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A celebration of the life of Edward W. “Ted” Tayler

Friday, February 1, 2019

Edward W. “Ted” Tayler, the Lionel Trilling Professor in the Humanities Emeritus and special lecturer in English and comparative literature, passed away on April 23, 2018. He was 87.

A Shakespeare and Milton scholar, Tayler — who specialized in poetry and prose of the 16th and 17th centuries — began teaching at Columbia in 1960 after completing a B.A. from Amherst College and a Ph.D. in English from Stanford University.

Celebrate the life of Ted Tayler on Fri., March 15
“When you’re 21 years old you have a capacity to be inflamed by ideas. Edward Tayler’s Shakespeare class — his whole approach — made me want to be a playwright,” Kushner told Columbia Magazine in 2003. “I remember leaving a lecture on Richard II and Twelfth Night, and I thought I was going to faint, I was so overwhelmed by the experience — it made the world look different. Tayler had his famous lecture style, a cigarette hanging out of his mouth — this small guy grumbling his way through, in a great performing style.”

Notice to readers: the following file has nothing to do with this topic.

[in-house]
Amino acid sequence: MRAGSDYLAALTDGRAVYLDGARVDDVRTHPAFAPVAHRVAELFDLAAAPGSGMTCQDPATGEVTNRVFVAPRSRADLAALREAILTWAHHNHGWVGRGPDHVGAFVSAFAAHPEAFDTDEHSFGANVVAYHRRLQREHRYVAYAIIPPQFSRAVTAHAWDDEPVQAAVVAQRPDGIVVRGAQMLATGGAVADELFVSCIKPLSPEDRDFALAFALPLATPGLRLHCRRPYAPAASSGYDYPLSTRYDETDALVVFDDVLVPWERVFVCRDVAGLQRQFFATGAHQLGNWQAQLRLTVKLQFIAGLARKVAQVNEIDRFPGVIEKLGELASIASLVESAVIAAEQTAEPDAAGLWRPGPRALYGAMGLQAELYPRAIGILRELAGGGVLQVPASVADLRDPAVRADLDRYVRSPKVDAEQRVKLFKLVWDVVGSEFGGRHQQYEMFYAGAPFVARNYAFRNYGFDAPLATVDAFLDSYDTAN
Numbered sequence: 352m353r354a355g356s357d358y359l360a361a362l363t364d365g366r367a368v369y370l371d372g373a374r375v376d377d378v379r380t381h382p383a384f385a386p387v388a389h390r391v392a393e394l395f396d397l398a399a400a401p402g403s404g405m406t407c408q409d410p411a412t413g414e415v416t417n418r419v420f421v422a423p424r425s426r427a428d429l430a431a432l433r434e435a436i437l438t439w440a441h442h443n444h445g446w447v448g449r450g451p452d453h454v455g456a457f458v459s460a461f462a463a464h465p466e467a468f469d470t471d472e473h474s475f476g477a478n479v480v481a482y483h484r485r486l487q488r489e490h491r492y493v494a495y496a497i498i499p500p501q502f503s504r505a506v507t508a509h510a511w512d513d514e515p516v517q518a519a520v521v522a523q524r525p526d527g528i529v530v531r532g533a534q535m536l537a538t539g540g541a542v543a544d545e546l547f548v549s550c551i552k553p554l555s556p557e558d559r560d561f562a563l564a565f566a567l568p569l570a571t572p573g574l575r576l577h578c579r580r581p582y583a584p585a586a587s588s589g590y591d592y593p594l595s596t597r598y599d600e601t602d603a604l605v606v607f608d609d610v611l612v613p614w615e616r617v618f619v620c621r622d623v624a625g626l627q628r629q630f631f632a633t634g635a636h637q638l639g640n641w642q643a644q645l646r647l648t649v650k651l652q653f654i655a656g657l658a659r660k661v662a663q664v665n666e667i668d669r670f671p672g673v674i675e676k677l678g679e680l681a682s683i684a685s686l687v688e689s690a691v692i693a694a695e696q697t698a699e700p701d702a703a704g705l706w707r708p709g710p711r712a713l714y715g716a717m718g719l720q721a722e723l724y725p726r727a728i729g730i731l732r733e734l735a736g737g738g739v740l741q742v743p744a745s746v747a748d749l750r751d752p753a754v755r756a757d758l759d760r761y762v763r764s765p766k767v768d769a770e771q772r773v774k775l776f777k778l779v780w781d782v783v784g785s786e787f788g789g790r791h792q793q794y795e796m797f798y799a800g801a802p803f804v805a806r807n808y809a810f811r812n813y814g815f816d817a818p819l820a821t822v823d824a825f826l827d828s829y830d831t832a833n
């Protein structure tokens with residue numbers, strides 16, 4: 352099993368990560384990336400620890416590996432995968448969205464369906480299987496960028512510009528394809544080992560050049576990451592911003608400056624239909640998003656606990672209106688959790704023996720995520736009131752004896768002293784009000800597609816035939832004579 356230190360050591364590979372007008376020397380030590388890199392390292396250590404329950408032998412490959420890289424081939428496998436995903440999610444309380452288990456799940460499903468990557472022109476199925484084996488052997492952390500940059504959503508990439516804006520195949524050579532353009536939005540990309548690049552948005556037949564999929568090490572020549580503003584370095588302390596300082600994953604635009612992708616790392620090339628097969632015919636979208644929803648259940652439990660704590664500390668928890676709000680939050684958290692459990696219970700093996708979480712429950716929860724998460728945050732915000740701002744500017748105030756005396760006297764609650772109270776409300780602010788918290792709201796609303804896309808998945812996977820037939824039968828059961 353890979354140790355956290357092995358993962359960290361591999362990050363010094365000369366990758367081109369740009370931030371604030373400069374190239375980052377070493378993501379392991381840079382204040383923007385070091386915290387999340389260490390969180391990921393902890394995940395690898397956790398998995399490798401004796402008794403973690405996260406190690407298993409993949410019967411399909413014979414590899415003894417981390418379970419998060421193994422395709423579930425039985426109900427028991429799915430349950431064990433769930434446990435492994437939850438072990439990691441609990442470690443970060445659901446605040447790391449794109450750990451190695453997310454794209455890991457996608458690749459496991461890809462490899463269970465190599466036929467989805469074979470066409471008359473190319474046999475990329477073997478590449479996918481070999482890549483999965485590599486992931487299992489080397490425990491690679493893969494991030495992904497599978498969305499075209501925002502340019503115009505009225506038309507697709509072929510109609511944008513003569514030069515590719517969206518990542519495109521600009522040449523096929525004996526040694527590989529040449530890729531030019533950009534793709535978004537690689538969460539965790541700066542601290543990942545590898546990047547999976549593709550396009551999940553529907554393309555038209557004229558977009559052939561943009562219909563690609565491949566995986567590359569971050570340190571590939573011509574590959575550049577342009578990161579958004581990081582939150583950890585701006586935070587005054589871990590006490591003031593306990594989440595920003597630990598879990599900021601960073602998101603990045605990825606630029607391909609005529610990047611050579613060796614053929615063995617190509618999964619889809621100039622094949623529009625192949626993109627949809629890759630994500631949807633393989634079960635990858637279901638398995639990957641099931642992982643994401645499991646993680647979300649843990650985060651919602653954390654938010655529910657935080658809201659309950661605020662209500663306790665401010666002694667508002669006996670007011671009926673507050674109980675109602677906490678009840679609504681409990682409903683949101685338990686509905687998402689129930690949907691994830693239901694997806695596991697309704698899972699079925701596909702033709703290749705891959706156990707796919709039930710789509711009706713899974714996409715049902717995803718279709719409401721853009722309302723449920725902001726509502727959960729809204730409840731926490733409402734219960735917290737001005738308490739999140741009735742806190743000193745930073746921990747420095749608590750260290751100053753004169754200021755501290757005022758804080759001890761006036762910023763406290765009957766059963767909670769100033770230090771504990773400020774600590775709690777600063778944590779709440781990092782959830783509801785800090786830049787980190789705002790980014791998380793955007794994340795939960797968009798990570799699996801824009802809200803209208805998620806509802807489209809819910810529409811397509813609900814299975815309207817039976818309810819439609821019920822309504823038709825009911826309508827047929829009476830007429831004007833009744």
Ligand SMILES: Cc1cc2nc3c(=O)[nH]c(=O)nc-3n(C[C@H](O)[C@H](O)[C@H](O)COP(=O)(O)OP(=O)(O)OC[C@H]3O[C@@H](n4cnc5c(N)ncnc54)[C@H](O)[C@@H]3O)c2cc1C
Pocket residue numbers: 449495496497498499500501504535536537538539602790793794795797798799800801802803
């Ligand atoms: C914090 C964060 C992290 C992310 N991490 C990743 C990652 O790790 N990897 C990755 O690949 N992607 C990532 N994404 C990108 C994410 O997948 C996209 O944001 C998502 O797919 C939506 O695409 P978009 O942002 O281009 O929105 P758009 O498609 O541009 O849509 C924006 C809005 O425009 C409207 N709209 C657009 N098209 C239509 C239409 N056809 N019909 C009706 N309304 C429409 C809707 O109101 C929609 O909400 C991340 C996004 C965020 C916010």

Tayler received the Mark Van Doren Award for Teaching, which is awarded by the Academic Awards Committee of Columbia College in recognition of a faculty member’s humanity, devotion to truth and inspiring leadership (1986); the University’s Presidential Award for Outstanding Teaching (1996); and the Great Teacher Award from the Society of Columbia Graduates (1985).

Upon winning the University’s Presidential Award for Outstanding Teaching in 1996, the following citation was delivered about Tayler: An educational innovator, revered classroom teacher, and devoted mentor to both undergraduate and graduate students. Your students call you magical, learned and passionate, tough yet tender, witty, humane, wholly unique. Many report that you have changed their lives.

Join students, colleagues, and friends of Lionel Trilling Professor Emeritus in the Humanities Ted Tayler (1931–2018) on Friday, March 15 at 3:00 p.m. in the Low Library Rotunda, as they share memories of his effect on their lives.

For questions, or if you would like to send your reminiscences about Ted, please contact Ria Coyne at
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